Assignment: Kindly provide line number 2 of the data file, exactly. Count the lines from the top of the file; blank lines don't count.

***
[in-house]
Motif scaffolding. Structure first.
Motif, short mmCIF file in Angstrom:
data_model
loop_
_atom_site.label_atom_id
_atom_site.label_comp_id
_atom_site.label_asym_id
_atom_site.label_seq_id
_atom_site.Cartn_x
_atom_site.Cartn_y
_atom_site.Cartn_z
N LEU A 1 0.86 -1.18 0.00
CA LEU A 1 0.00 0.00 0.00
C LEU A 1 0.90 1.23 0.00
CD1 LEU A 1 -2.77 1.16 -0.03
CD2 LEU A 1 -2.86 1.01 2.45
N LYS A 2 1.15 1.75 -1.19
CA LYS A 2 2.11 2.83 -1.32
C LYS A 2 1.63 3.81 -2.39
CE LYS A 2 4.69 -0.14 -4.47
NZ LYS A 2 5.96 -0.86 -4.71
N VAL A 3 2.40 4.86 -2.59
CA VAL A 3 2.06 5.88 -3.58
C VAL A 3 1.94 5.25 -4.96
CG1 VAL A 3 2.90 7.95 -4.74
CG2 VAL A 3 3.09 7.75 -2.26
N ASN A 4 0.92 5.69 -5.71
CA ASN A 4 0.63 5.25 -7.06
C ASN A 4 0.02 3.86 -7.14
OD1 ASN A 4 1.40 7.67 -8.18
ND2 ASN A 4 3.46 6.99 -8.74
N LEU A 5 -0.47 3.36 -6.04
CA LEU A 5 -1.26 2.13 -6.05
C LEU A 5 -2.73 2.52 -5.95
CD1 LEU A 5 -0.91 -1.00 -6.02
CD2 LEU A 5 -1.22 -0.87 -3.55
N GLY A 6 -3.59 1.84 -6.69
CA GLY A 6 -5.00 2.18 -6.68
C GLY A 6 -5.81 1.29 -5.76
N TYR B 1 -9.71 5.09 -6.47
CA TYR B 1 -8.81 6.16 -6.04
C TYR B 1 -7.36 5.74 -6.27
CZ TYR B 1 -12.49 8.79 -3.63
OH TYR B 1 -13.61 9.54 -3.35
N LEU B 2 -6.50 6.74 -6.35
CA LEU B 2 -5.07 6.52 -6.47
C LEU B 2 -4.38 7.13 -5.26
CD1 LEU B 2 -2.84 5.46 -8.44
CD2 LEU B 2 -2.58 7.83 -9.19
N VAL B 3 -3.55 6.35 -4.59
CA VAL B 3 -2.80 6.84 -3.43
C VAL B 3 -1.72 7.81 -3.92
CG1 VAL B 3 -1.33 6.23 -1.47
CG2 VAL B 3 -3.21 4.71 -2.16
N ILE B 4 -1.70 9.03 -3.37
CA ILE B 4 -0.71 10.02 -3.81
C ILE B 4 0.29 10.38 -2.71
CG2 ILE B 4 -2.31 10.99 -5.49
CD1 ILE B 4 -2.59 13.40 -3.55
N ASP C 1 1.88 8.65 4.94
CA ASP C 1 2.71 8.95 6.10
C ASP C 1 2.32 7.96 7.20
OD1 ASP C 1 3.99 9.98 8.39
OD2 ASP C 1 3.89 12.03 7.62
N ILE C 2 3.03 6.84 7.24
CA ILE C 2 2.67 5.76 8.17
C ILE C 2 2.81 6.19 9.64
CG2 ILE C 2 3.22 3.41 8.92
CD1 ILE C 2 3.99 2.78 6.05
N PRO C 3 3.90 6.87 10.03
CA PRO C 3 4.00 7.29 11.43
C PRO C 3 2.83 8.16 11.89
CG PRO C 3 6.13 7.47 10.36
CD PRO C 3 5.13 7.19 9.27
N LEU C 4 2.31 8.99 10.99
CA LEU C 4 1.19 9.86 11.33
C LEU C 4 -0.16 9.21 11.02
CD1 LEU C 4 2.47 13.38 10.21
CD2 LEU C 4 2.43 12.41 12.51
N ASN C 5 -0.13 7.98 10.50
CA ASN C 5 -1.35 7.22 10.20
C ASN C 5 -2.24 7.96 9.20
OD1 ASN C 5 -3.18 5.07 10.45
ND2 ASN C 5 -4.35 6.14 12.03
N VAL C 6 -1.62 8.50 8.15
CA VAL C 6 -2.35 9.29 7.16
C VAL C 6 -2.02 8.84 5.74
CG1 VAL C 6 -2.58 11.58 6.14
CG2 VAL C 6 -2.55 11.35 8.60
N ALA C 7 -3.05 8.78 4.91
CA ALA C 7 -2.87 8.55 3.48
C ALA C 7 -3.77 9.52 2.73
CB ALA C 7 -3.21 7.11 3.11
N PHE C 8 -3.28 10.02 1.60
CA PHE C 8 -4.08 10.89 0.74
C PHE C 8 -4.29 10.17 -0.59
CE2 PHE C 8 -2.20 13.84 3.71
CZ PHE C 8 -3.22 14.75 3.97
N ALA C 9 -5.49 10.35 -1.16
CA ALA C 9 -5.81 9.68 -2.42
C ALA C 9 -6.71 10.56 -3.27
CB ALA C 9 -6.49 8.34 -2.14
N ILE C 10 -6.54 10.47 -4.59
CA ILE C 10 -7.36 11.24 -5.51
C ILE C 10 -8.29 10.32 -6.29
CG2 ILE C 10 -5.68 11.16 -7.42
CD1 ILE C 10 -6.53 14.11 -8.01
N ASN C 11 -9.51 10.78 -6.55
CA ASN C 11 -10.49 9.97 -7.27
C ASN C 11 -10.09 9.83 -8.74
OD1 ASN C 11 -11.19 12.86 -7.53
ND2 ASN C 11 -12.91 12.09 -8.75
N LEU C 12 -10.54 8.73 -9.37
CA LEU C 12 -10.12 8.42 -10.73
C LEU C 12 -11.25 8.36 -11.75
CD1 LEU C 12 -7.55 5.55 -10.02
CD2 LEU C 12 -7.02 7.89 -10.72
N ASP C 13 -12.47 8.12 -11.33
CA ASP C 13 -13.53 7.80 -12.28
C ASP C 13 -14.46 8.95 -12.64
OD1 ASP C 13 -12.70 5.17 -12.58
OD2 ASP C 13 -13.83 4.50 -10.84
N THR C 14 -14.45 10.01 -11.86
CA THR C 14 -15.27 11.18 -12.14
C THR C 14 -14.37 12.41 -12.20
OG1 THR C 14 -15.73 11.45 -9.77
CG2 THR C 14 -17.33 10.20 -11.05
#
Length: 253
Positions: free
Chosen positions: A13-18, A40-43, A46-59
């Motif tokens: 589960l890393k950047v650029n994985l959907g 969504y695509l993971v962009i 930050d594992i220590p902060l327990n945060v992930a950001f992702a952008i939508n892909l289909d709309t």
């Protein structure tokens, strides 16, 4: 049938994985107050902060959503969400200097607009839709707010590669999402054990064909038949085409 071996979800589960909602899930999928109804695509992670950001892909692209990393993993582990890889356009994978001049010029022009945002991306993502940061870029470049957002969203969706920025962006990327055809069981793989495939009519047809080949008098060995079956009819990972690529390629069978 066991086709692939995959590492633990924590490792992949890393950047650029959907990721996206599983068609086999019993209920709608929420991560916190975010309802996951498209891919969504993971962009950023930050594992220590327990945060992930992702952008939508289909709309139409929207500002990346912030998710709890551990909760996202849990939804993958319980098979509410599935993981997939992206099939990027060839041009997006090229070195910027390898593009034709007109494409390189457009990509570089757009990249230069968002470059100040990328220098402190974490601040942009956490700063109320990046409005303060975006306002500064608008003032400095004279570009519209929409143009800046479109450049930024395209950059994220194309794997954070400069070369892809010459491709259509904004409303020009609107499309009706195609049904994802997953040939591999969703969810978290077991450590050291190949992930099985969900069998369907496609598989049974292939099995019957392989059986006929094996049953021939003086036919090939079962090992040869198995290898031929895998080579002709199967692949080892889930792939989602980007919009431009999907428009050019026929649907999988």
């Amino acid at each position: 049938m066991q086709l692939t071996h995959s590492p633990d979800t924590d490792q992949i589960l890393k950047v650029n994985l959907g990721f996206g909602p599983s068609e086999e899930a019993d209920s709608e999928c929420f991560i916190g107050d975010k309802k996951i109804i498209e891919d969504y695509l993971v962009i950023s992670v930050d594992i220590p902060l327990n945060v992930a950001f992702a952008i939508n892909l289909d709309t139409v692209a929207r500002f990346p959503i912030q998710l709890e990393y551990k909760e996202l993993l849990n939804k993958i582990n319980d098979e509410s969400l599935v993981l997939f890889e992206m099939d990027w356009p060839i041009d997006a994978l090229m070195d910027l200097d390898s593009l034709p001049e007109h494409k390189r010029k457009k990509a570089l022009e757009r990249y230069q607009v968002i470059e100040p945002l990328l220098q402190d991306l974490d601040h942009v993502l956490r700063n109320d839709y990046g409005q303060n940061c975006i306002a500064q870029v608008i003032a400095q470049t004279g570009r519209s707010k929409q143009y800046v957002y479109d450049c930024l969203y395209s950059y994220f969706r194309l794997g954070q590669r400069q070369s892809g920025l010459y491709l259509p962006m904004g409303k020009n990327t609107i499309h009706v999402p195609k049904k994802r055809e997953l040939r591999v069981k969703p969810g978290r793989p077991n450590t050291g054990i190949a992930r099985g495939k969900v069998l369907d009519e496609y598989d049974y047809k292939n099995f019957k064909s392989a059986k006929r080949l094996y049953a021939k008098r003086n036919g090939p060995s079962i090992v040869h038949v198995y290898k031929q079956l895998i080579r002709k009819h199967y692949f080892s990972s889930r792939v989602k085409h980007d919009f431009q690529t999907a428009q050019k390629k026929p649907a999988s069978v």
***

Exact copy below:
Motif scaffolding. Structure first.